Entering the back half of his third term amid a pandemic he’s badly mishandled, Gov. Andrew Cuomo offered a truly sad State of the State Address on Monday, full of empty noise and short on serious new ideas.
He kicked off the 45-minute speech with a rehash of his grievances against Team Trump — and rattling of his tin cup for billions in aid from the feds.
“New York is suffering,” he whined, ignoring the fact that much of that suffering is self-inflicted — years of profligate spending and his lockdown diktats that have so slammed the state’s economy.
He admitted, “We simply cannot stay closed until the vaccine hits critical mass. The cost is too high. We will have nothing left to open. We must reopen the economy, but we must do it smartly and safely.” About time — start yesterday, please.
His few policy proposals were neither grand nor detailed. Ideas for getting more people vaccinated are welcome, but why was New York less prepared to get jabs done fast than places like South Dakota and West Virginia?
Surprise: The gov wants to spend big on new infrastructure and transitioning to green energy. That can feed his political operation as donors pay to play, but how is it a wise use of the state’s sparse cash?
Extend the High Line Park to the Moynihan train hall? Nice enough — but let private sources build on the gem they built; save government resources for urgent needs that actually improve commutes.
A Medical Supplies Act to get personal protective equipment made in New York, not China? Nice enough — but better to start facing the host of factors that have driven so much manufacturing of all kinds out of New York, such as the high energy costs that Cuomo in fact aims to make higher still.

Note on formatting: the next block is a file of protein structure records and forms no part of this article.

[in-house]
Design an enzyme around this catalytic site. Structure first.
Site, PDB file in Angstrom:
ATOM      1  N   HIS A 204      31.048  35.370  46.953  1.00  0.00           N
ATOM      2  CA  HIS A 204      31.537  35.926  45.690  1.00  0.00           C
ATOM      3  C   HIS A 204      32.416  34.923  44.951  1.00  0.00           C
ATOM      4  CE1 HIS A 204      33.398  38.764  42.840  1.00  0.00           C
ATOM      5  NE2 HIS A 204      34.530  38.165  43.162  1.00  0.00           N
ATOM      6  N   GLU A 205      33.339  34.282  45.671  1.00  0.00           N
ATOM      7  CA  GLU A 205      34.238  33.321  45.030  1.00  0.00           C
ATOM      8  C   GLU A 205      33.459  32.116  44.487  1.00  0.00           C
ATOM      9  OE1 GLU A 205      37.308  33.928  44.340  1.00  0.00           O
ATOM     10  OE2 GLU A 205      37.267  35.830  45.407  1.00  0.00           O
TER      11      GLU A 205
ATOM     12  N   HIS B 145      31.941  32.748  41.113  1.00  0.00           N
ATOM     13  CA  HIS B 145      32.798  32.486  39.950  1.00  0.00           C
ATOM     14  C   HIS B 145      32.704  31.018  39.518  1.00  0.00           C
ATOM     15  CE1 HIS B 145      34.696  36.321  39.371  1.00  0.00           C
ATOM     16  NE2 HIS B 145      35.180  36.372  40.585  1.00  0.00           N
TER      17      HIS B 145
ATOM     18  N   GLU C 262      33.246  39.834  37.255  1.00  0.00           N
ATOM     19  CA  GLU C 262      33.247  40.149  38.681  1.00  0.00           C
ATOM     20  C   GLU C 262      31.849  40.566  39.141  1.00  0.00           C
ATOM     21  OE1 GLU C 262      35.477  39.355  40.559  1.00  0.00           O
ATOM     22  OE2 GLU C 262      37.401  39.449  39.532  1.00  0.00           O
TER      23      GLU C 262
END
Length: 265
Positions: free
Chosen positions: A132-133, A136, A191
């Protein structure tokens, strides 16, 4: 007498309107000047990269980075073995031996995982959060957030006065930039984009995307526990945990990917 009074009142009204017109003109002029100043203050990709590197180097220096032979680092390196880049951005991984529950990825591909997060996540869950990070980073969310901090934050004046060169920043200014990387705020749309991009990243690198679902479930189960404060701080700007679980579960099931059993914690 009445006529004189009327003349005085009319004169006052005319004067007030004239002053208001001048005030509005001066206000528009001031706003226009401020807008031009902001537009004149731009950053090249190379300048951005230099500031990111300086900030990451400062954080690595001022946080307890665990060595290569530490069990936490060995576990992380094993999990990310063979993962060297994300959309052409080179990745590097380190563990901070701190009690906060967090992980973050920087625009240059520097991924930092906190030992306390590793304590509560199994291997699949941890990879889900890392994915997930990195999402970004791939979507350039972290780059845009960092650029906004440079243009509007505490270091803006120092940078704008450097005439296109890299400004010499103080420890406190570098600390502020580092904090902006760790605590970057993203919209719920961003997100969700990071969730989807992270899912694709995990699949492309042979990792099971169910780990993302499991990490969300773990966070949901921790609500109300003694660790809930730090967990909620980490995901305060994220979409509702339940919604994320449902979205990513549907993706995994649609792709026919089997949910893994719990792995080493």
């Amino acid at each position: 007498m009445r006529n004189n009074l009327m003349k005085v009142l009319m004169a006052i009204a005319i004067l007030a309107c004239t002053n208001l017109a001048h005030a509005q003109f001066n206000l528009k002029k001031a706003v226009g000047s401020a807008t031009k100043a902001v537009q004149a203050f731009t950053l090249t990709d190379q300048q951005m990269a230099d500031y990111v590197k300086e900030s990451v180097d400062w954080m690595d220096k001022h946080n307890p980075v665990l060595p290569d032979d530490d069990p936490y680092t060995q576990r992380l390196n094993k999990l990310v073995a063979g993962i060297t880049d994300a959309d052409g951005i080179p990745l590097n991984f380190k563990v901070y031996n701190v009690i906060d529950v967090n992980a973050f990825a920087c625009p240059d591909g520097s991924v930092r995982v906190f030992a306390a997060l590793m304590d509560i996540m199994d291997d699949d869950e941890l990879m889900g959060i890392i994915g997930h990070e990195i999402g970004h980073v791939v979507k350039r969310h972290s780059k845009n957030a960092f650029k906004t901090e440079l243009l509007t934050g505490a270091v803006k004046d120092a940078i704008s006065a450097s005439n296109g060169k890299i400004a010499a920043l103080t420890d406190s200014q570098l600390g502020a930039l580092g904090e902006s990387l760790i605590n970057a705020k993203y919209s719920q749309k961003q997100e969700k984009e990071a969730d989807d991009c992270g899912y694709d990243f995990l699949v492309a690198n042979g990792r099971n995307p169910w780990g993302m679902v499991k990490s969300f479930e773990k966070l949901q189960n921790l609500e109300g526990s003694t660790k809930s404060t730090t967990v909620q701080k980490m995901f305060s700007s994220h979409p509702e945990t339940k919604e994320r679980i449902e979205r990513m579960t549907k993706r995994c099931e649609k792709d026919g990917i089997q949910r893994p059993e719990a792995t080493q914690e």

Post-pandemic New York faces existential problems, starting with a permanent loss of office jobs. But the gov has no answers there, beyond the federal bailout that is his answer to just about everything.
And never mind that the feds just sent more than $13 billion in aid to New York government in the latest relief bill, according to numbers released by Sen. Chuck Schumer, including nearly $6 billion for schools, over $4 billion for transportation and roughly $2 billion for COVID-fighting.
Nothing on reducing government costs — he actually slapped down calls to reduce the state headcount and freeze public-worker wage hikes scheduled before the pandemic.
Oh, for the Andrew Cuomo of 10 years ago, who upended sacred cows as he brought Albany business as usual to an end. But that end was only temporary; after a decade as governor, Cuomo is just a giant-sized cog in the permanent spending machine.